Sofar Sounds on YouTube
Sofar records every gig to their YouTube channel – click the link below to take a look!
Click here!


“Search for Bastille and you’ll find a very early Sofar video of them playing Pompeii in a lounge with a tiny audience learning the chorus for the first time! Hozier is another artist who we were lucky enough to have play for Sofar before he became really well-known. Our gigs are a great way to catch emerging talent on the way up, but even for those who don’t make it big, Sofar is a unique global community of artists and music-lovers, and I think everyone gets something out of being part of that network.”

Mobile music makers

And as Steve readily admits, that’s a network that simply wouldn’t be able to function without mobile technology:

“Without mobile phones, we wouldn’t be able to run Sofar,” he says bluntly. “We want guests to rave to their mates about the gig they’ve just been too, share photos, or watch our YouTube videos. Having people spread the Sofar word through social media is our main way of growing and reaching out to more people – whether that’s future audiences or future artists.

“Also, because many of us are volunteers, we’re always dealing with Sofar stuff on the go. Our local team aims to get together once a month, but the rest of the time, it’s all done through our mobiles. In the days running up to our June gig I was crewing on a London to Paris cycle ride that I help with each year, and was sat in my hotel room late one evening sorting out final Sofar guest list arrangements on my mobile from deepest France! If I didn’t have that connectivity, and the ability to work with the rest of the team around the clock from wherever, our Sofar nights just wouldn’t happen.”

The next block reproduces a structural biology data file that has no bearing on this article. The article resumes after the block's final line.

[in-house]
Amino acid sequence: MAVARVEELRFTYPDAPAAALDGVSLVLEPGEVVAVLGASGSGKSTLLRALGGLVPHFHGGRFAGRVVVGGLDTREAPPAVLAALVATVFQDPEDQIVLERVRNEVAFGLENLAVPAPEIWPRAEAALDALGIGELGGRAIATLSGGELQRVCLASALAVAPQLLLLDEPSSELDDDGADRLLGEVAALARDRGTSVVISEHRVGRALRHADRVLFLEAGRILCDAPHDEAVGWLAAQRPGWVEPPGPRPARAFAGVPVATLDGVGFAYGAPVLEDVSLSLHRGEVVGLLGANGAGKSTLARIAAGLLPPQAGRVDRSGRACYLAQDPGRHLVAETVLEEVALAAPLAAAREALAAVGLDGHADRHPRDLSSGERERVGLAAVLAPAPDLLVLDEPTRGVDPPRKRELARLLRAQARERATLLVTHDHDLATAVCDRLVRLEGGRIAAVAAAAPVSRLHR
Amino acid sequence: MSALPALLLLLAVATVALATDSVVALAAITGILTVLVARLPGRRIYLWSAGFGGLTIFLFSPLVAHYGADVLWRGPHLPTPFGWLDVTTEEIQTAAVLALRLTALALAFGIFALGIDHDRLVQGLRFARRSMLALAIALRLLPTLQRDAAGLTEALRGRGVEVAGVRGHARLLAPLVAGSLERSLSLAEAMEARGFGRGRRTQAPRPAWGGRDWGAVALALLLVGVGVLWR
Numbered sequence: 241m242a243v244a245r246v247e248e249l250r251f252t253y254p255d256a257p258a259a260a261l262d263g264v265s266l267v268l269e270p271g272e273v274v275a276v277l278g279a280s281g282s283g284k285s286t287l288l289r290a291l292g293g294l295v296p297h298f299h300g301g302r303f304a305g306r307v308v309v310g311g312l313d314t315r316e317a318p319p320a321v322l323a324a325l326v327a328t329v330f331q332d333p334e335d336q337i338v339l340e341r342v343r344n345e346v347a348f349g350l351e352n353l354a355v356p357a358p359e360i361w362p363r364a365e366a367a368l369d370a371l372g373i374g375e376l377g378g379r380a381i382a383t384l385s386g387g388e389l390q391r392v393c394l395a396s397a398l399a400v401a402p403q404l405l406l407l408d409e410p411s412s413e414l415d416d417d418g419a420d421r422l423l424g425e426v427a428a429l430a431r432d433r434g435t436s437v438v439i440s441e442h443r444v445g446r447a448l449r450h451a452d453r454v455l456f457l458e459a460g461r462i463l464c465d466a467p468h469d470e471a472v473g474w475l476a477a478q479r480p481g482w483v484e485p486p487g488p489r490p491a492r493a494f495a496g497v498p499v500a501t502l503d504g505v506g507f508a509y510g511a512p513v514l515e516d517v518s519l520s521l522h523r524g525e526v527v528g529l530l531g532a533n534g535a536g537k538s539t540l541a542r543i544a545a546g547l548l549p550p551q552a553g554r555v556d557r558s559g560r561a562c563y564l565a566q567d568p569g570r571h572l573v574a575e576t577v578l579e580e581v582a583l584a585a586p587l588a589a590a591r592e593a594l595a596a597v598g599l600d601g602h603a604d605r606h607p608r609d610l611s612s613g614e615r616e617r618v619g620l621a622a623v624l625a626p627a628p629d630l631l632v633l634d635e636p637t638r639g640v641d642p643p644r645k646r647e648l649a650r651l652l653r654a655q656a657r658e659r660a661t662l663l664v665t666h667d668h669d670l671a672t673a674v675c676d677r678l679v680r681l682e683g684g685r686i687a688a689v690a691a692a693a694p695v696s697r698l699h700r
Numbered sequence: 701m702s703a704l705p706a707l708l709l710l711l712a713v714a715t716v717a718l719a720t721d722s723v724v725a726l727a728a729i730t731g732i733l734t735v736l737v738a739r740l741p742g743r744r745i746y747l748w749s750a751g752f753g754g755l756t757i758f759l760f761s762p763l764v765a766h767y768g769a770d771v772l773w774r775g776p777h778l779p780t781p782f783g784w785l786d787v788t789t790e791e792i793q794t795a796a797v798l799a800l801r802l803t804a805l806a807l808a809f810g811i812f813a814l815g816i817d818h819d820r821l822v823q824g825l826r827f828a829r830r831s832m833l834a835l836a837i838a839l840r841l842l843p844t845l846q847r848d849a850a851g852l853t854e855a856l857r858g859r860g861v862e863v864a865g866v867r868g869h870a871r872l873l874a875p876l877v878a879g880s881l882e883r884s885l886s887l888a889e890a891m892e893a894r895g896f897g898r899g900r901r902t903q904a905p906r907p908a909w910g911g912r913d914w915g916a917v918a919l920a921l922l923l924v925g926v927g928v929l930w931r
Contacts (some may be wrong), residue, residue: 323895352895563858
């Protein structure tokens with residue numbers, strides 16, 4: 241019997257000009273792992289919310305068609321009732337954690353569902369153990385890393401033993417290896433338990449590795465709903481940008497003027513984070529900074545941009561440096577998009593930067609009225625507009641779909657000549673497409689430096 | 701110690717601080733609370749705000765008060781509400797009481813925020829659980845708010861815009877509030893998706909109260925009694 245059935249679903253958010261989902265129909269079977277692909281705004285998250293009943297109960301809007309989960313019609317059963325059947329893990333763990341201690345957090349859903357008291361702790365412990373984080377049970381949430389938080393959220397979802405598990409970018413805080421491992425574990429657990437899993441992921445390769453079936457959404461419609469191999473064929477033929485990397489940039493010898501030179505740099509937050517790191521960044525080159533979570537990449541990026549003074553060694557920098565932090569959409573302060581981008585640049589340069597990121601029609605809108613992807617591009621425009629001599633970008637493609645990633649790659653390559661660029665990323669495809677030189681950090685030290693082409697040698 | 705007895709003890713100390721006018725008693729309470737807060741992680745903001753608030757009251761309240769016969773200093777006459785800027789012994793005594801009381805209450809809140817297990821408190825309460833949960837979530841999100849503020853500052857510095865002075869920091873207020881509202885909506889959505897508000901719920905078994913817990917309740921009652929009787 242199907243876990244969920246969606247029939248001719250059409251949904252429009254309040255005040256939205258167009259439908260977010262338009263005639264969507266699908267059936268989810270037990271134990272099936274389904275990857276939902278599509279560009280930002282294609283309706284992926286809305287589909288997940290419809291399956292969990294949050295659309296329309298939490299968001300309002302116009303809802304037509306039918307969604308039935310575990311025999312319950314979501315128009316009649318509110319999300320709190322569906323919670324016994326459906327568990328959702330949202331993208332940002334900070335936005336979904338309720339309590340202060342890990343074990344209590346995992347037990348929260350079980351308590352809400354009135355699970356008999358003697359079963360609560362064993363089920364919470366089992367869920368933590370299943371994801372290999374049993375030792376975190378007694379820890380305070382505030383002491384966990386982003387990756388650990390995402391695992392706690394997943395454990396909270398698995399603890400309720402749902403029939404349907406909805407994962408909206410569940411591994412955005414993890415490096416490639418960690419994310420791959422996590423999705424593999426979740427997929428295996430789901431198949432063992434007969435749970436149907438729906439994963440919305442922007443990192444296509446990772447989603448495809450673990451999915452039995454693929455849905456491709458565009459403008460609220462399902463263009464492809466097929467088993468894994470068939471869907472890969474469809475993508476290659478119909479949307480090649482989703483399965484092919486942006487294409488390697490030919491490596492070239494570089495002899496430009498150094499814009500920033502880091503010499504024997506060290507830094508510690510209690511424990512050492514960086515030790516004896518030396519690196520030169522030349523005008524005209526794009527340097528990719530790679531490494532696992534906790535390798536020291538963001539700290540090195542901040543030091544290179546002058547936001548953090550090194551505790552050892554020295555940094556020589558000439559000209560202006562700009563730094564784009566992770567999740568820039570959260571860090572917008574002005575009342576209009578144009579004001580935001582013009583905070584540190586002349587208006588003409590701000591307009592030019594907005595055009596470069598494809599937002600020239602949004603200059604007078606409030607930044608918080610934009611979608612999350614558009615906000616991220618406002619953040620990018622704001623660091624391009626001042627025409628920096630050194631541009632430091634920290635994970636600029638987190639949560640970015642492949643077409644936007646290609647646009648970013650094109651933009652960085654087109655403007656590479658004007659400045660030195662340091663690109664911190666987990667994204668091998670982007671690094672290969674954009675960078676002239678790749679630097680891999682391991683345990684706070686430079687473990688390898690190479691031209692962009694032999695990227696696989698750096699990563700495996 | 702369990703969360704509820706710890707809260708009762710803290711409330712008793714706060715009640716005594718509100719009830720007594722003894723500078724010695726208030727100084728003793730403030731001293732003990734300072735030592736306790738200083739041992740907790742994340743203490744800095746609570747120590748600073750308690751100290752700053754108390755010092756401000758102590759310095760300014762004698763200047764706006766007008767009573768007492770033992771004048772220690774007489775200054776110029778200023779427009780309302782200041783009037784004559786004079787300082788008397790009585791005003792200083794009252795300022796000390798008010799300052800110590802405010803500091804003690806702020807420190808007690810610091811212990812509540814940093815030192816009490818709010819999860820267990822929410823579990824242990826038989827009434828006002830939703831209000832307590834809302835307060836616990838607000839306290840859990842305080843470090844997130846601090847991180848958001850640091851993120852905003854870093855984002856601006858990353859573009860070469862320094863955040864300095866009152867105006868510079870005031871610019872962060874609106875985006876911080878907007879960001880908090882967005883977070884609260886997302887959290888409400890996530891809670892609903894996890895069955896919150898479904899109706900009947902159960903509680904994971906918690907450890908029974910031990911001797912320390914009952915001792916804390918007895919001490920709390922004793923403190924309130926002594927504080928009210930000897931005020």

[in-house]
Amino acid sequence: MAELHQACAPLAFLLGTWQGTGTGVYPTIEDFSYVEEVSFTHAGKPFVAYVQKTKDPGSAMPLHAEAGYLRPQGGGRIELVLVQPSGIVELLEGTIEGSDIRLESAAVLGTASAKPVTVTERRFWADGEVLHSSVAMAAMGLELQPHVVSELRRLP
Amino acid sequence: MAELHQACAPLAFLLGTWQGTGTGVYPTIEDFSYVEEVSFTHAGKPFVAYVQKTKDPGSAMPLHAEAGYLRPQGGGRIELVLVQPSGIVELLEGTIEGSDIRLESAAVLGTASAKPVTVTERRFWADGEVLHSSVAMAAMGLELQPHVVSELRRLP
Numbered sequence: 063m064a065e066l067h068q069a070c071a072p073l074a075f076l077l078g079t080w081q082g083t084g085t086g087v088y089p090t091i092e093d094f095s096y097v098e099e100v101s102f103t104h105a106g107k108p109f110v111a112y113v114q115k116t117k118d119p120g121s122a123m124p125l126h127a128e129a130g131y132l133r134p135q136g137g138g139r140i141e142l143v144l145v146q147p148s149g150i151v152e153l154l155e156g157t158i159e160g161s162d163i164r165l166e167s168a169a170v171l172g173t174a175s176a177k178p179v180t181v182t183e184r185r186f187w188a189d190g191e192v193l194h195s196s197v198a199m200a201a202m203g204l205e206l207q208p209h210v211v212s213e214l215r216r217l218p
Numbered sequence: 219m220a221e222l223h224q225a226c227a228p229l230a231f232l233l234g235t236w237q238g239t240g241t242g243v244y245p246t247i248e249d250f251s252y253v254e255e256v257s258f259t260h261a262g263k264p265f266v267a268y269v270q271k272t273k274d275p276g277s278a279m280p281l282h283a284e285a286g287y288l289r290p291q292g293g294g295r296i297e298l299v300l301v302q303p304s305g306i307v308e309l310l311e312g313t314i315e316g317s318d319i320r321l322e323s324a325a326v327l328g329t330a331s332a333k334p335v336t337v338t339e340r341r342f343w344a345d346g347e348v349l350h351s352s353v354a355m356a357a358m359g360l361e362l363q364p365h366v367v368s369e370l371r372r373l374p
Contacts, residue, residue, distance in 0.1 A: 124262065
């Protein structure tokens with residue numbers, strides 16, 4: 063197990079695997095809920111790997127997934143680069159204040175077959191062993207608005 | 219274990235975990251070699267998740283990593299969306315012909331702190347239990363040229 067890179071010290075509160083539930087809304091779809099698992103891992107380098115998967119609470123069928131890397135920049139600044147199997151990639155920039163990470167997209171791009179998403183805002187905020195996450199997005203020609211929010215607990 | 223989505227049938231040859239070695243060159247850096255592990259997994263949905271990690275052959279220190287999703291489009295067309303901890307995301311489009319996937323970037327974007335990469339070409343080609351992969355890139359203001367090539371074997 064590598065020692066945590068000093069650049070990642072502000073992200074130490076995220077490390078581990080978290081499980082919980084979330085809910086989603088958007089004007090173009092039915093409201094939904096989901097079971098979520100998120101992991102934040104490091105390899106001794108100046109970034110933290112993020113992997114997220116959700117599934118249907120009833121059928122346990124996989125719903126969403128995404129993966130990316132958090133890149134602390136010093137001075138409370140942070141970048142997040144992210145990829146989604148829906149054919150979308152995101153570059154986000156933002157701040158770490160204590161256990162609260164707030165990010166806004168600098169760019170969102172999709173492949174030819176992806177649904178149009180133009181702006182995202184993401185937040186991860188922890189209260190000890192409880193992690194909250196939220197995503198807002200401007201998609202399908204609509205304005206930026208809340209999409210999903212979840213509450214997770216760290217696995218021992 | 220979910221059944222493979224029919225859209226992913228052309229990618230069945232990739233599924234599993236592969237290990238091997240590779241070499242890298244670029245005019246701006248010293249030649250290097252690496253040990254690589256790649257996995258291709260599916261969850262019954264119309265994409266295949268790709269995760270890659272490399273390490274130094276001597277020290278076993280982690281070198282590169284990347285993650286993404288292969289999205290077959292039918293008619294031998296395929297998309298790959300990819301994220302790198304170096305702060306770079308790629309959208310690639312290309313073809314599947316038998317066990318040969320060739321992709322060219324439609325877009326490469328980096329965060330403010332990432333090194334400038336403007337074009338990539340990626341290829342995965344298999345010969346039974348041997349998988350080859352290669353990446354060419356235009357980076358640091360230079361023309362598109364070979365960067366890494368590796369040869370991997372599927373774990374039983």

And remember: wherever there’s music, there’s Spotify. If you’re a Spotify member, check out the Best of Sofar Global playlist below for an idea of what’s on offer:

Not signed up? You can grab a Spotify Premium membership at no extra cost with any of our 4G Big Value Bundles*, unlocking a world of over 40 million songs on your smartphone.

Get involved with Sofar!

If you want to do more than just attend the gigs, you can get involved with the Sofar movement too, whether that means offering up your lounge as a venue, or volunteering like Steve does to help organise events in your spare time…


“I just stumbled across Sofar one evening on my phone, not quite sure how, and thought it was a really cool and different idea,” Steve explains. “I liked the surprise and mystery element of just signing up for a city and I was amazed when I saw my little home town of Winchester listed. I went to a couple of gigs and was hooked.

“I was then asked if I wanted to volunteer. For a while there were only two of us, myself and musician Josh Savage, doing everything but it’s grown massively from there – now we have a local team of six and we all look after different bits, though I think I’m still the only one who can’t play an instrument! It’s also really interesting working with so many Sofar cities and artists from around the world. Ultimately, we all came here because we have a love of live music.”

And with Sofar getting bigger and bigger by the month, there’s a growing need for more volunteers and more venues in cities everywhere:

“There are always new artists that are waiting to be discovered.”

“There are always new artists that are waiting to be discovered,” says Steve in closing, “and people waiting to enjoy them. In capital cities like London, Sofar is now doing three gigs a week, with the hope of eventually doing one every single night.”

“It’s not always easy convincing people to offer their lounges to a bunch of musicians and complete strangers. But the truth is, after having done it once, most people jump at the opportunity to host again or come to a future Sofar in a different city.

“It feels really special going to a live gig in someone’s living room with everybody nestled on the sofa while the music happens right in front of you. Where else do you get that kind of experience?”

Are you a music lover? Check out our chat with Spotify’s Drew Lam, as he gives us the background story on how Spotify Sessions came to be.